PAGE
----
Dean Stockwell Gets Hairy!
Bindy Sue FrÝnkŁnschtein | under the rubble | 12/19/2003
(3 out of 5 stars)
"Dean Stockwell is an assistant press secretery for the stupidest president in U.S. history. On a trip to Transylvania, Stockwell is attacked and wounded by a werewolf. Upon his return, senators and reporters start dying in grizzly ways. Stockwell tries to tell the president and his staff that he's become a murderous lycanthrope, but they'd rather point the finger at those darned "hippies" or make it a racial thing. After all, how could a werewolf story possibly help them politically? WEREWOLF OF WASHINGTON is a political satire disguised as a monster movie. It has it's good moments as well as those moments that make you want to send Dean Stockwell on a REAL quantum leap. Probably best viewed if you're an insomniac and it's 3am..."
Horror, comedy, and 1973 political satire make this one uniq
Daniel Jolley | Shelby, North Carolina USA | 11/22/2005
(2 out of 5 stars)
"America is fighting an unpopular war; the President is trying to shift the balance of the Supreme Court with his judicial nominee; the front line of political debate is an out-of-control press, and there's a wild man running around who looks rather disturbingly like Howard Dean. No, I'm not talking about the state of affairs in 2005; I'm talking about Werewolf of Washington, an undeniably unique 1973 film that combines horror, comedy, and political parody in ways I would never have imagined on my own. I'm going to go ahead and slap a "you've got to see it to believe it" sticker on this one. This is clearly a very weird product of its times - it is, in a word, kooky.
Dean Stockwell plays Jack Whittier, a hotshot young reporter with a close connection to the White House (in the form of the First Daughter); his idea of ending the relationship involved getting a transfer to Hungary, of all places, and making it look like his newspaper sent him there as some kind of punishment. The President (Biff McGuire) thinks he was banished for his favorable articles on the White House, so he snatches Jack up as his new press agent. Before Jack can get out of Budapest, however, he goes and gets himself bitten by a werewolf. After his return to Washington, he starts seeing pentagrams on select people's hands and experiencing blackouts during the times those people are killed. (The writers work in not one but two pentagram-Pentagon confusion jokes, which gives you a pretty good idea of the comedic effectiveness of this whole film.) Eventually, Jack figures out that he has indeed been cursed, but no one really believes his claims that he is a werewolf - certainly not the President, who becomes thicker and thicker in the head as the story progresses. The transformations are interesting - it's just your standard time-lapse photography, but the early phase has Jack scrunching his face all over the place, and I swear he looks exactly like Howard Dean when he pushes his jaw out and gets that "Yeeeoooooow" look in his eyes. Once the transformation is complete, though, Jack just looks like an idiot - this may be the stupidest-looking werewolf in the history of cinema.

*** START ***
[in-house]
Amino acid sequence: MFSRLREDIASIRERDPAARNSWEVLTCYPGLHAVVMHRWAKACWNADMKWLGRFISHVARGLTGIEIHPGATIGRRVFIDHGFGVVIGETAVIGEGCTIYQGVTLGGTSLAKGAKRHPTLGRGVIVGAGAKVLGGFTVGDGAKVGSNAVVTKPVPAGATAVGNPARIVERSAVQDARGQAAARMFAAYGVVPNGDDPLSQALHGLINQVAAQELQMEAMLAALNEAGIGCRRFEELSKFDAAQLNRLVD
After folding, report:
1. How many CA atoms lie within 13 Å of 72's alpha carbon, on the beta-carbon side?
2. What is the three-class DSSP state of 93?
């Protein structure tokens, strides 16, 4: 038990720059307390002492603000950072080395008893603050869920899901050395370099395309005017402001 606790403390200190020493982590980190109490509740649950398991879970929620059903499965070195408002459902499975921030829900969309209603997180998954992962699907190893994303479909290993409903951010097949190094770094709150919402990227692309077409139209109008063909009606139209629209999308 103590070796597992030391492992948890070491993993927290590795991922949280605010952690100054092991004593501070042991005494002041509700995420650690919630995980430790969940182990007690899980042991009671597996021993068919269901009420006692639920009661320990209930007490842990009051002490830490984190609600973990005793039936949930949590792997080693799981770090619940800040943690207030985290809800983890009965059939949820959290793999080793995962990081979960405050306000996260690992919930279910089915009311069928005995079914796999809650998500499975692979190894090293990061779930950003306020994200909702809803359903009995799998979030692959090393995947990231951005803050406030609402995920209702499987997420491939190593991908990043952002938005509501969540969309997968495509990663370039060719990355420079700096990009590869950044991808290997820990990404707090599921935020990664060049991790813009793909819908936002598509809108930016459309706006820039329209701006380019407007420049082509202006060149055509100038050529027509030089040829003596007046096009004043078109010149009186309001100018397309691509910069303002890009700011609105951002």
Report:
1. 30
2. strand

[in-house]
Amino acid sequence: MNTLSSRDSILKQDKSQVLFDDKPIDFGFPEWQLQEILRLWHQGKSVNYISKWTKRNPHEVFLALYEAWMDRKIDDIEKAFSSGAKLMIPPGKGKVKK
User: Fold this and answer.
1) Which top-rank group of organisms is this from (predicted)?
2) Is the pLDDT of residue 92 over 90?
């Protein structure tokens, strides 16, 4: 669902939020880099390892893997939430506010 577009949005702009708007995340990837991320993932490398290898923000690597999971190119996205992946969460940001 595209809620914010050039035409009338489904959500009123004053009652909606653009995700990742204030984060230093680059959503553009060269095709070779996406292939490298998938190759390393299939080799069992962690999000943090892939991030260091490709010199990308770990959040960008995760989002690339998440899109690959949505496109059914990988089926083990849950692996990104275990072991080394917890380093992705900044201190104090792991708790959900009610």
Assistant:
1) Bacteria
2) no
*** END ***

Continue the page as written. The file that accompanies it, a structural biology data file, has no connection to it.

Once the whole werewolf setup is complete, the movie gets down to some serious (and seriously bad) political parody work. You've got hippies and other subversives for the Attorney General and FBI to keep their eye on, you've got the Watergate Hotel, you've got the President "cleverly" sidestepping questions he doesn't want to answer, and you've even got a little Agnew humor thrown in for good measure. The President's a dunderhead who gets stranger as his political support erodes, but the Attorney General is the real piece of work on display here. He's too honest for his own good, according to the President, and he's a master at speaking without thinking (just see how quickly he jumps from werewolf to Black Panther when it comes to a murder suspect). Then there's the war room meeting - I can't even begin to describe that scene. Toss in a "you won't have Jack Whittier to kick around anymore" line at the end, wrap it all up, and you've got the most unique werewolf film I've ever seen.
The political satire bit (which you've really got to see for yourself to appreciate - or not) is the only thing that makes this hairy dog of a movie remotely interesting. As horror, it's a total bomb. It basically strikes out when it comes to the comedy thing, too - but at least it's a weird, interesting kind of bomb in that regard."
Satire Reminiscent of "the Wolfman"
William G. Brockman | Spartanburg, SC USA | 08/06/2006
(4 out of 5 stars)
"When the movie started I was immediately reminded of the old Wolfman movie, right down to the clubbing of the wolf. As it went on I got some laughs as the political and racial satire came out, and the werewolf's mannerisms became more comically exaggerated as time went on as well. All in all, an enjoyable flick. If you're looking to come out honestly scared, you lose, but if you're looking for a halfway decent werewolf, something tolerable, or something funny, then this is a good watch. Considering the rent prices nowadays, go ahead and buy it."
A camp classic, and a decent film
John D. Page | usa | 05/13/2006
(4 out of 5 stars)
"o.k. sure it's silly but they ment it to be,i think. i saw this late night one summer growing up and thought it was a blast. dean stockwell was in that time before he got his career back on track with married to the mob,and he's very good as the wolf. for a good laugh and a chance to see some weird 70's fashions check this out."